The options available to the New Democratic government range from a direct transplant of an American state recall-referendum-initiative model to incremental amendments in the province's constitutional framework to permit citizens' initiatives to be debated in the legislature and to provide a twentieth century definition of the legal and ethical grounds for a recall of one of its members. In between these possible courses, lay variations on the state models which draw varying lessons from that experience to impose a range of requirements and regulatory constraints on these processes.44 Fears that special interests will try to use either device for their own agenda abound and both anti-abortionist and taxpayer protection groups immediately speculated on the use of initiative when the referendum question was first announced. Since 1919 there has been a remarkable shift in the suspicions aroused by the political backgrounds of those espousing more voter participation away from the old reformist left and radical farm populist elements to what are labelled right wing populist agendas. But environmentally oriented "green" petitions for parks or ecological reserves or "right to die in dignity" petitions are also likely entries for BC voter initiatives. Neither initiatives nor recall come with a guarantee on their restrained use. In the short run, British Columbia's politicians may have manipulated the promises of such devices for their symbolic value but, in doing so, have already entered an entirely new world of greater political pressure and responsiveness.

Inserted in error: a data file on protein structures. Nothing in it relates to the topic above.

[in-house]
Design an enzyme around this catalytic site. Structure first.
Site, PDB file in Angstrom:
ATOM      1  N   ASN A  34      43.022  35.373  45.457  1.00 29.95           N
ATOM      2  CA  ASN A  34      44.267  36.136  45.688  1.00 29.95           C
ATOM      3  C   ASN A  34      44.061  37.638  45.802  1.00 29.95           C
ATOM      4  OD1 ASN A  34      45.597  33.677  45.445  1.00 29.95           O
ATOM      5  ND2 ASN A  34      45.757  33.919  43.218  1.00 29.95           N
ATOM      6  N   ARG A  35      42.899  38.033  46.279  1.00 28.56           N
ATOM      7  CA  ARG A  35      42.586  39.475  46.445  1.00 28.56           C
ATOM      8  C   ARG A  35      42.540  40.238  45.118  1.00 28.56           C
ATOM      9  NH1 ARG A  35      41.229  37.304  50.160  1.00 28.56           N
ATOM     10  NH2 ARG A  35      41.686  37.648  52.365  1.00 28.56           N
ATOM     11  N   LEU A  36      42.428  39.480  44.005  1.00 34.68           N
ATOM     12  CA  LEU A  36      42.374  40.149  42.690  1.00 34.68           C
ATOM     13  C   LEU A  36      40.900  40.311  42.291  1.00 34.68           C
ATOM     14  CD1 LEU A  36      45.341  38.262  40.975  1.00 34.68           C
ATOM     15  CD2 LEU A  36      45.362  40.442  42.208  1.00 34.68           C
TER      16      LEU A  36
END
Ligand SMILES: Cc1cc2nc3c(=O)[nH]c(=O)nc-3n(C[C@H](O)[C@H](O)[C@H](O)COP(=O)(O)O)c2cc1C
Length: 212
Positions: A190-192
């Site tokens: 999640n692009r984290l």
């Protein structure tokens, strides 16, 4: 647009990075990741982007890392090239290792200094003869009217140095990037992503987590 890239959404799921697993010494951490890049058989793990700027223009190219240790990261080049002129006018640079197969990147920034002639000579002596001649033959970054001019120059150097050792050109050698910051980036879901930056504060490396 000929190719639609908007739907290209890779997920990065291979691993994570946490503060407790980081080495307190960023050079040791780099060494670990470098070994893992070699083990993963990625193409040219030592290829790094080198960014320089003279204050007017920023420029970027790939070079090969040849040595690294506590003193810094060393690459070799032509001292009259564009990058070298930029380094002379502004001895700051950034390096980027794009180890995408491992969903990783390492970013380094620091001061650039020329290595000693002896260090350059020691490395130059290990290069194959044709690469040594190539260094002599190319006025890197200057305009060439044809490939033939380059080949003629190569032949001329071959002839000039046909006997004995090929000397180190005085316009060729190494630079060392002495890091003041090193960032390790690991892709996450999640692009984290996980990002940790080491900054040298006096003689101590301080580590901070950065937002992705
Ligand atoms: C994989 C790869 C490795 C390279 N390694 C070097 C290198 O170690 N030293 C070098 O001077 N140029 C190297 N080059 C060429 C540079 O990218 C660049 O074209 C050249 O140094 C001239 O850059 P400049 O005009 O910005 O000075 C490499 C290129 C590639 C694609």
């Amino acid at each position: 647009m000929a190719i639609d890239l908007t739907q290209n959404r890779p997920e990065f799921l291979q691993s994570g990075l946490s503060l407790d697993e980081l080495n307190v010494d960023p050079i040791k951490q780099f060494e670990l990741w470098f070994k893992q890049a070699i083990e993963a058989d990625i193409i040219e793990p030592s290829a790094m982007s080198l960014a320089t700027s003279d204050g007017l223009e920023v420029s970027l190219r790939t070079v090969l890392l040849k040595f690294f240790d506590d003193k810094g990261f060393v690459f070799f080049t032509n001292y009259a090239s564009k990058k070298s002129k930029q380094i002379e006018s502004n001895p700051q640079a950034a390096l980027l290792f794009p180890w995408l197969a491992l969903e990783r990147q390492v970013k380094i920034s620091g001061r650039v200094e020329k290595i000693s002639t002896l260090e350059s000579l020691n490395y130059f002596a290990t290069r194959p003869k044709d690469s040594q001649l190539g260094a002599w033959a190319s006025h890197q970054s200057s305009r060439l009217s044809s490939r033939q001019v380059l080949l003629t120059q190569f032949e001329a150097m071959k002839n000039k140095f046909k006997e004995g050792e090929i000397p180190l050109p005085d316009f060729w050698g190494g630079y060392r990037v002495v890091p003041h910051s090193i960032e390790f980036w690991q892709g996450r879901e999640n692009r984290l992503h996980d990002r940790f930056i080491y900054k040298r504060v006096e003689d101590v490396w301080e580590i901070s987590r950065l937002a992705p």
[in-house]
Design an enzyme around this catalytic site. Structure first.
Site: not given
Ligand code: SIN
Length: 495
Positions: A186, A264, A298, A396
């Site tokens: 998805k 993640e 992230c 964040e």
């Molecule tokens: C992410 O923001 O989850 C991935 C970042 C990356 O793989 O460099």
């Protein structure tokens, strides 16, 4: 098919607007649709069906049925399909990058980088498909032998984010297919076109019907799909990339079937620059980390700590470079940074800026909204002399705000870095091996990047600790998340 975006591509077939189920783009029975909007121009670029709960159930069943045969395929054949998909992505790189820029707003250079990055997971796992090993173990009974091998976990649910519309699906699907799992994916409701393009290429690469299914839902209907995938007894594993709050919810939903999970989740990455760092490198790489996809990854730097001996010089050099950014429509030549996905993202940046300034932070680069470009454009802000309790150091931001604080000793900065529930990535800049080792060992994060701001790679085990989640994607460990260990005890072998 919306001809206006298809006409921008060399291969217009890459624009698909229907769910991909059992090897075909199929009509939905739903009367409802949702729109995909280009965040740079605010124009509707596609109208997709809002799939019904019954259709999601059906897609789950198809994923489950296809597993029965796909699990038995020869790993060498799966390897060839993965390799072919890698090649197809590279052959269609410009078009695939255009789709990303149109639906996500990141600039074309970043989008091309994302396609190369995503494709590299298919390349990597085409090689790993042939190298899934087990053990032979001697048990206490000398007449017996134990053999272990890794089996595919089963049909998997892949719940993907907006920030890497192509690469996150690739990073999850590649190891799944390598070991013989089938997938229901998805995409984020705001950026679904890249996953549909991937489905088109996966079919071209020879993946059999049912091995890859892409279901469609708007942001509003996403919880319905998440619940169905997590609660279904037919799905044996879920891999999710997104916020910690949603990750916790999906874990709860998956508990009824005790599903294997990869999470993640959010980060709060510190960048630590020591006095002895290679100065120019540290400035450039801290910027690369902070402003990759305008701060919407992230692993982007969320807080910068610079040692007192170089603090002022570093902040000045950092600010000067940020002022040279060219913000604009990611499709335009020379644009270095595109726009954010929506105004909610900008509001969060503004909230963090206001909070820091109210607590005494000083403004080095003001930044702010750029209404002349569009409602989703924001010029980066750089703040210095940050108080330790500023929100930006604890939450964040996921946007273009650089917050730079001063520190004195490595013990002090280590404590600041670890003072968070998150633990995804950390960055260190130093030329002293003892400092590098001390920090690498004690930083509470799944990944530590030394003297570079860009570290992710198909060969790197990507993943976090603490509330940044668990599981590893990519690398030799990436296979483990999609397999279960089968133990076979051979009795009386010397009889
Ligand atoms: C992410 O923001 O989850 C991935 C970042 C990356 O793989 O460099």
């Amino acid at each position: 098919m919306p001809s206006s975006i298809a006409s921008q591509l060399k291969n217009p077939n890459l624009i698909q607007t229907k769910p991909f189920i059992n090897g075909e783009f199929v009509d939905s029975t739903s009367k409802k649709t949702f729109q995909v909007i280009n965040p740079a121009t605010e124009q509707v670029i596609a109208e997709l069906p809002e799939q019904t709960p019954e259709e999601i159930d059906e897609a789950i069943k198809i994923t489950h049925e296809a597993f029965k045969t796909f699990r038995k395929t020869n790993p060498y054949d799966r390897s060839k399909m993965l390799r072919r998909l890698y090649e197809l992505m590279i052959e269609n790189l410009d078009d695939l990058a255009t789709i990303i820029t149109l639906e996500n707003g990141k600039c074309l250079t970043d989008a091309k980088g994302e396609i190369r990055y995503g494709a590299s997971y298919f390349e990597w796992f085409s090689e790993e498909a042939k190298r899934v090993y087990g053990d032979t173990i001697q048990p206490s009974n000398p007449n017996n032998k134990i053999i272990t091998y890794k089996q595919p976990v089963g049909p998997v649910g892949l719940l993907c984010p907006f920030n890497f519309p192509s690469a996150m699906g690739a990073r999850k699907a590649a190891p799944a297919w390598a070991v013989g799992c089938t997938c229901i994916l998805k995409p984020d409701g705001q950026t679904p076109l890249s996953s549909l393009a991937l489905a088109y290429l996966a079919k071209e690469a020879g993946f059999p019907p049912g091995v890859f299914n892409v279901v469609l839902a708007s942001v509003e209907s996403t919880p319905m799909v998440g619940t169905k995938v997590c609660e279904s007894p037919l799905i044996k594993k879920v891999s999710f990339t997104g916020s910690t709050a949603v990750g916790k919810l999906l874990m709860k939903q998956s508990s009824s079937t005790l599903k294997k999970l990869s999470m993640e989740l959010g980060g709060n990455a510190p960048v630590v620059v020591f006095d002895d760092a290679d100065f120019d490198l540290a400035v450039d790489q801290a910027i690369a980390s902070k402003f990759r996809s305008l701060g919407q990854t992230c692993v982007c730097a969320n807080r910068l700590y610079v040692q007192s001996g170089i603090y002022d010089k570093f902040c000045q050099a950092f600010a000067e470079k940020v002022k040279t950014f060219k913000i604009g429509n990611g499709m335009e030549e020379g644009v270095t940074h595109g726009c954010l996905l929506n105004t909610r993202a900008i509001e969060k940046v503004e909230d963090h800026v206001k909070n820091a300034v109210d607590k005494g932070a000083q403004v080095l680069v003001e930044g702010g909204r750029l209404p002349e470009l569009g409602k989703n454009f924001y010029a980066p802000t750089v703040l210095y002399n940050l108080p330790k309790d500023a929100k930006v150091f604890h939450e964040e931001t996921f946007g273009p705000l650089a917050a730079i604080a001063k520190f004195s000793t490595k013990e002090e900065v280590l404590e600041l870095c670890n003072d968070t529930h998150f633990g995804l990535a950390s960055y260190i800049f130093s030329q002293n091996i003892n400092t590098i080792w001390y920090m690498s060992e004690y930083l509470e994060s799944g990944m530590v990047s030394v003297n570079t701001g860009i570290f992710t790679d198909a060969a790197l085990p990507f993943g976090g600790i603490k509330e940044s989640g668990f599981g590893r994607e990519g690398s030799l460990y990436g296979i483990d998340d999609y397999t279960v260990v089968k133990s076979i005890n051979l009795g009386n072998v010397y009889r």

Patrick Boyer's description of Canada as remaining "a timid democracy" has been overtaken by the October 1992 experience of the national referendum on constitutional reform. Since the mid-1980s the uneasiness of the Canadian electorate with its elected representatives and political elites captured in the Spicer Commission report helped fuel a renewed interest in changing the Westminster model of representative democracy. The lessons to be derived from the October 26, 1992 national referendum remain to be fully articulated but future constitutional reform without some mechanism for popular participation is virtually unthinkable. David Magleby explained the renewed interest of Americans in the process of direct democracy in the 1970s in terms of four factors: the nature of the policy issues, the media attention given initiatives as a major political event, the perception of their mandate setting nature and that they were a means to achieve political goals, as well as generally, "a remedy for much of what ails democracy." These explanations readily apply in Canadians' preoccupations with the GST tax issue, Western provincial alienation, and the 1992 Charlottetown Accord and general mistrust and suspicion of political elites, all of which have contributed to the interest in the advocacy of direct democracy by the Reform Party and forced referendum, initiative and recall onto the political agenda. The historical experience of British Columbia suggest another partial explanation: the propensity of politicians to exploit the rhetoric of populist renewal and manipulate the symbols of direct democracy for their own interests. In British Columbia at least, this brand of populism long remained what it always was, populist discourse rather than a real commitment to populist institutionalism. Since 1991, however, the politicians have lost control of this corner of their agenda. It seems unlikely that even the most resolute opponents of recall and initiative will be able to recover any of the ground that they lost in the 1991 provincial referendum and at best can only hope to delay, divert or dilute.